Crimean Solidarity civic journalists were tortured during Russian FSB ‘arrest’
Three of the 23 Crimean Tatar civic journalists and activists arrested on 27 March were savagely beaten by the Russian FSB officers, with one beaten so badly that he lost consciousness.
News of this has only now emerged because Russia has deliberately made it difficult for lawyers to visit the men by illegally taking them from Crimea. Lawyer Edem Semedlyaev reported on 5 April that he had finally visited his client, Crimean Solidarity civic journalist Remzi Bekirov at the Rostov SIZO [remand prison] where he has been held since 28 March.
Bekirov is one of four activists who were not at home in the morning of 27 March when armed and masked enforcement officers burst into around 25 homes near Simferopol, carried out searches and took 20 men away. The whereabouts of one of the men, 37-year-old Crimean Solidarity activist, Edem Yayachikov, remains unclear which is of particular concern since there are reports that he too is in FSB custody.
According to Bekirov, he was in a café in the city of Aksai at around nine in the evening on 27 March, together with another Crimean Solidarity civic journalist, Osman Arifmemetov and civic activist Vladlen Abdulkadyrov. 10-15 men walked in, immediately forced them to the ground and began beating them. They were mainly kicked around the legs, although Arifmemetov was hit on the head so badly that he did, briefly, lose consciousness.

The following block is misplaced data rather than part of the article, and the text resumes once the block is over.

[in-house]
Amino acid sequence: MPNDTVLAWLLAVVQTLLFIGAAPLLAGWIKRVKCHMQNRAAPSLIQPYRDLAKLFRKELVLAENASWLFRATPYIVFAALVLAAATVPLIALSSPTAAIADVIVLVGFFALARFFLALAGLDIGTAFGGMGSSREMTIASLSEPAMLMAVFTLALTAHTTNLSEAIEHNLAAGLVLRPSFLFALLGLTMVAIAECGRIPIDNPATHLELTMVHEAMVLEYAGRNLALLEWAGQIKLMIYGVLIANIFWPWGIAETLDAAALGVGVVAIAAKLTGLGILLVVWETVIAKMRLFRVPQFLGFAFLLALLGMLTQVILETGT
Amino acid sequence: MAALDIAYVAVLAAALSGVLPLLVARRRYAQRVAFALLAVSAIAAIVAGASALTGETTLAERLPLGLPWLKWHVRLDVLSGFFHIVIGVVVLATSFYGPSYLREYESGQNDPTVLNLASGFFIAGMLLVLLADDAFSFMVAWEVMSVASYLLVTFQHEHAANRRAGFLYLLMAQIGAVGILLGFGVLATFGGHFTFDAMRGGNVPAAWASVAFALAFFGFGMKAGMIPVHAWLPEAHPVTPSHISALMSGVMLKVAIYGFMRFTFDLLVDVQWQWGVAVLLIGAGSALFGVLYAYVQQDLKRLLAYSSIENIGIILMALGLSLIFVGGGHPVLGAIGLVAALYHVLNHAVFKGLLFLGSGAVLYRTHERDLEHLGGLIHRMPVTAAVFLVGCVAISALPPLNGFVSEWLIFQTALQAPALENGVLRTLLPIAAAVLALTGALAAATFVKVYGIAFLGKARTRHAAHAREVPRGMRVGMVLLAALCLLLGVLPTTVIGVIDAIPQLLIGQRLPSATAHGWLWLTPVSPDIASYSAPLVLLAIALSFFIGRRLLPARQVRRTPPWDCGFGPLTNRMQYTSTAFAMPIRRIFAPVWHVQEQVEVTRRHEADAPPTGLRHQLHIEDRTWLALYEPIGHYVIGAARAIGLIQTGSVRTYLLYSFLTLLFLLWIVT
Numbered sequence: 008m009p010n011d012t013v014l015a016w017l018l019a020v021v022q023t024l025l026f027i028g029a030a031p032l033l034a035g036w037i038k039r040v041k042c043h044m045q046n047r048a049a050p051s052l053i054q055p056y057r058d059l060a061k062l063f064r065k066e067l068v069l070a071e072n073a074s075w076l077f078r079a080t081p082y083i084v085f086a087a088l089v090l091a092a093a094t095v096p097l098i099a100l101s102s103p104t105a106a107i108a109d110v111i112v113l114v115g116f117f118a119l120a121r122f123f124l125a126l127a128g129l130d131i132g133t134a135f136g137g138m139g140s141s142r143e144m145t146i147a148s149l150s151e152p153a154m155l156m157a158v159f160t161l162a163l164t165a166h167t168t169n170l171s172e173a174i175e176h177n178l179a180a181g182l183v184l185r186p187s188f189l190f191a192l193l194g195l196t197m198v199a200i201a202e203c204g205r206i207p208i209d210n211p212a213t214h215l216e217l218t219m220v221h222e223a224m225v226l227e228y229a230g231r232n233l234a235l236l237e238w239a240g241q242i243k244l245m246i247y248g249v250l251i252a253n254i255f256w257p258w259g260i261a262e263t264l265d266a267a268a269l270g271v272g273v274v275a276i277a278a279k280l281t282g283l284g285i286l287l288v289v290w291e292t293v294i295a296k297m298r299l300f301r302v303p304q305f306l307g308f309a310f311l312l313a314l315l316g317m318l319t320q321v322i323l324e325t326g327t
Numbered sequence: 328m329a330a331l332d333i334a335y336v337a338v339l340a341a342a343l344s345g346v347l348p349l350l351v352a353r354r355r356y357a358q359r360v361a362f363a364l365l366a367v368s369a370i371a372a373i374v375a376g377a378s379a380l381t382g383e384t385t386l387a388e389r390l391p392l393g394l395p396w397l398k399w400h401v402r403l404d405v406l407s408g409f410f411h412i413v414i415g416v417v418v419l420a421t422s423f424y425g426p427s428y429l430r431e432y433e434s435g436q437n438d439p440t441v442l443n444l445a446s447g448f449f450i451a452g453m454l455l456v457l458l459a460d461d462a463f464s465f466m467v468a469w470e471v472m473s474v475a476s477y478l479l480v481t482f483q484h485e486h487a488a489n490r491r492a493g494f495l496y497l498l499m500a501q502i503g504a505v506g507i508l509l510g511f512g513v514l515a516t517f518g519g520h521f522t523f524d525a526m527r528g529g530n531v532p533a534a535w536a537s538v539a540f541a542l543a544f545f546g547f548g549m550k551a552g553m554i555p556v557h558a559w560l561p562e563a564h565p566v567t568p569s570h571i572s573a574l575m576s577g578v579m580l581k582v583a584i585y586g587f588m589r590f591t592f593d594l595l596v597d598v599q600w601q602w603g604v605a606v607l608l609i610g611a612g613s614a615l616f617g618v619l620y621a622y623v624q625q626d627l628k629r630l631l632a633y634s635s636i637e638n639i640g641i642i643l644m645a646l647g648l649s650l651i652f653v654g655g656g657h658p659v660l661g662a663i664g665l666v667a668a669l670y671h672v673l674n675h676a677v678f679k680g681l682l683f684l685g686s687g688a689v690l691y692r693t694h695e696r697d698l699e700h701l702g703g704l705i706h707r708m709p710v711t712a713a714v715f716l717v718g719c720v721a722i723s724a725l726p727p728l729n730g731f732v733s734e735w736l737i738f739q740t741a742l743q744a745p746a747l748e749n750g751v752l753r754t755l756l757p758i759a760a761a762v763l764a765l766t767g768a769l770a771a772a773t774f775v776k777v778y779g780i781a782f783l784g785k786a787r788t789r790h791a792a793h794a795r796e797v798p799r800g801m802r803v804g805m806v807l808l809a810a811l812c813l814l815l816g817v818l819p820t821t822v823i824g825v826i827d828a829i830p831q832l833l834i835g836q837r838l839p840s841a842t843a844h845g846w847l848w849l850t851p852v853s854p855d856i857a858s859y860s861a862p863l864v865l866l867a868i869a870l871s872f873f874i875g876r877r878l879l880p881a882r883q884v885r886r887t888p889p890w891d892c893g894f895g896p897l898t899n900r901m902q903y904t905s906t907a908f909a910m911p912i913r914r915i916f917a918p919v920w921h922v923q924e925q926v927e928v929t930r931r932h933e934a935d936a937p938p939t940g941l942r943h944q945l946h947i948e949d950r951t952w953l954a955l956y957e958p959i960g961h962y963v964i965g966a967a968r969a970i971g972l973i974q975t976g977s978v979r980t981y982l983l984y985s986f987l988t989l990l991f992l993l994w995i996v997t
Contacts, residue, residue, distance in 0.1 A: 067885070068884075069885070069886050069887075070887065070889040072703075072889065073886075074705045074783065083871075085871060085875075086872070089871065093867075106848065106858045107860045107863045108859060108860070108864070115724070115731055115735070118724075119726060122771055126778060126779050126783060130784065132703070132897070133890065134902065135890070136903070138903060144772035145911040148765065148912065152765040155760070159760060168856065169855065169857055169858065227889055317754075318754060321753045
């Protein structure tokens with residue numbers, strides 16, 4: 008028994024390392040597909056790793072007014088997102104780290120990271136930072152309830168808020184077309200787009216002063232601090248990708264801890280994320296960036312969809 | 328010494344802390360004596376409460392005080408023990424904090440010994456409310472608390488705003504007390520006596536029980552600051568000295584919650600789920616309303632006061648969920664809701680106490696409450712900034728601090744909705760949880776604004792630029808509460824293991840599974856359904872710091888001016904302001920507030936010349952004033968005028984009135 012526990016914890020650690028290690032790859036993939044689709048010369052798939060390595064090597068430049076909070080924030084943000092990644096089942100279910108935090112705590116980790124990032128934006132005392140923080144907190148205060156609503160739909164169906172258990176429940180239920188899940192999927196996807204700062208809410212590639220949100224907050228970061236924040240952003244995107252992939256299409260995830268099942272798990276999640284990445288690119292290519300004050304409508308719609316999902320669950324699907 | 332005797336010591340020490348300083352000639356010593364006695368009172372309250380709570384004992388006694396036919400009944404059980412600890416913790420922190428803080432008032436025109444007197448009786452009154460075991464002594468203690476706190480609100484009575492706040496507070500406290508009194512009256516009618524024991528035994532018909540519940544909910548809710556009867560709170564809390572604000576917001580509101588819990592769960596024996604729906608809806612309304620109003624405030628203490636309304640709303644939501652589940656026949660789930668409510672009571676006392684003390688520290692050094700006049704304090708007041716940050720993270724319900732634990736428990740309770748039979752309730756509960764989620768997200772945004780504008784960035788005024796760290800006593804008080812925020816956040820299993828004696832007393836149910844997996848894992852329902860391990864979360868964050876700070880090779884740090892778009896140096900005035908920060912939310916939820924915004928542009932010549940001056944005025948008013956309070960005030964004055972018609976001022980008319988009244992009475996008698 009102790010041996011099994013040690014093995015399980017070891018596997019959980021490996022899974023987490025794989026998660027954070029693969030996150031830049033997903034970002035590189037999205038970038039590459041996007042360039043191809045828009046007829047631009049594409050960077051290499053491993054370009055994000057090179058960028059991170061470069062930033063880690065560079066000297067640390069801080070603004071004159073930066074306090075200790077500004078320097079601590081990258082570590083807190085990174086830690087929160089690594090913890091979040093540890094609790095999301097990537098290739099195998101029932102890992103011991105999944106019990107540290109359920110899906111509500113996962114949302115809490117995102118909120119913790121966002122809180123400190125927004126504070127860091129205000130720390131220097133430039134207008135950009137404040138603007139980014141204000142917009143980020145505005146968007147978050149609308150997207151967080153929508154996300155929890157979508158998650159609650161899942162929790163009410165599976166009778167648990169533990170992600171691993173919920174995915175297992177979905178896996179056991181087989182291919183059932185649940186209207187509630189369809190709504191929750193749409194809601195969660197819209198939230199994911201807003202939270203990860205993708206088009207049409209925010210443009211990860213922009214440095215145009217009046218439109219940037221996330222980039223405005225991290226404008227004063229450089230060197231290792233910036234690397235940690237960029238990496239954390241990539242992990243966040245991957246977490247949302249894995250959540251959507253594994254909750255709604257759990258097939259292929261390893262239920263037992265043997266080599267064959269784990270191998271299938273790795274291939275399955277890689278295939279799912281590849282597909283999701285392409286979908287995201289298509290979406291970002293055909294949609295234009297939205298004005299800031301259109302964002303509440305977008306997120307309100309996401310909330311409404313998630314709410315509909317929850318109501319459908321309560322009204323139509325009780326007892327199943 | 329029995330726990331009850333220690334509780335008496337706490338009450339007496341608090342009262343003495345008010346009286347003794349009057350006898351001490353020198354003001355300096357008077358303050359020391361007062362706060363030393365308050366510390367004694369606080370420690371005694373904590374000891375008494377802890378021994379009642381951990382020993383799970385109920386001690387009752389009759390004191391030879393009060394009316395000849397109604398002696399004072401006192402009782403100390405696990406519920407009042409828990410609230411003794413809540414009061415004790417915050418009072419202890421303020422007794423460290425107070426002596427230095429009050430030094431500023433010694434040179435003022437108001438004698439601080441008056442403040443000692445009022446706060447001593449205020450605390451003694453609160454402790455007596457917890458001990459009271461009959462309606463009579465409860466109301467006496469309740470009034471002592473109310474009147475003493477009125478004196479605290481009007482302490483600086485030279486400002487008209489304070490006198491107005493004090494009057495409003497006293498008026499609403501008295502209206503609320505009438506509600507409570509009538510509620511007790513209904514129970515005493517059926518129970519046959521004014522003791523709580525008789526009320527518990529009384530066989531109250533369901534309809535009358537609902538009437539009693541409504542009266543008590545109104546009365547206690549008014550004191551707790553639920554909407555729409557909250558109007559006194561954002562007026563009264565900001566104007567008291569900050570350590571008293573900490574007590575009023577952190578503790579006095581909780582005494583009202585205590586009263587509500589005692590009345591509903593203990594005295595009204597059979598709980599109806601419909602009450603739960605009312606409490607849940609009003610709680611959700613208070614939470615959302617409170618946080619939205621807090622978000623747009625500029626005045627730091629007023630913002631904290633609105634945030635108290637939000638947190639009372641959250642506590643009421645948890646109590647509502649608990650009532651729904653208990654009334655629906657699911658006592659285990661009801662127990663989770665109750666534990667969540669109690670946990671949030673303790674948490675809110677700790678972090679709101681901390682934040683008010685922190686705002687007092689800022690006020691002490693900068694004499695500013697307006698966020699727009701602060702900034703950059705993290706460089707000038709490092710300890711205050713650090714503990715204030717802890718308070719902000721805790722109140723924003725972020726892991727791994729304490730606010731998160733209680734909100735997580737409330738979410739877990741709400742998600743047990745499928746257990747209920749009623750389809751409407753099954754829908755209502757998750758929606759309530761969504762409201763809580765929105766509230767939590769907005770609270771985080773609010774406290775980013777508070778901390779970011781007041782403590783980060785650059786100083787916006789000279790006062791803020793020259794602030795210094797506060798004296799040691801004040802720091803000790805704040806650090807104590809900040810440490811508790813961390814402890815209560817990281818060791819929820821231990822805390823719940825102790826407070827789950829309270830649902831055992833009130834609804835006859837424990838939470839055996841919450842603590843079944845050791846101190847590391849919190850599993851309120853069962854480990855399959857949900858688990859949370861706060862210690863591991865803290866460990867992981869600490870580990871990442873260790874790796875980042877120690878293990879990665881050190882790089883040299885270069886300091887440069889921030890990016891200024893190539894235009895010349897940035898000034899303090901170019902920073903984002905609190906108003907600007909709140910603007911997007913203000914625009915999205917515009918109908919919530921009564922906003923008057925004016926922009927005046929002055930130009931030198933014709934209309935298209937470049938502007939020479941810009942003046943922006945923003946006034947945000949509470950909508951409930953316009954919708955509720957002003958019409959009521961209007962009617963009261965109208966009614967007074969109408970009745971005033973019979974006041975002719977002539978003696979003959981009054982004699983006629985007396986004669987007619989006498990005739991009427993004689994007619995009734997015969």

Bekirov reports that he was carrying a backpack with a change of clothes and 46 thousand roubles (around 628 euros) which he has not seen since. In the detention protocol, he stated that this money had been on him and asked that it be passed to his wife.
The men were then handcuffed and taken to a forest where the beating continued. Semedlyaev says that the men thought that this was the end for them.
They were then forced into a van and driven, in handcuffs with their arms behind their back, for around six hours to Timashevsk. Throughout the journey they were abused and threatened. In Timashevsk, some FSB officers from Simferopol put them in a different car and took them back to Simferopol, arriving at around 7 a.m.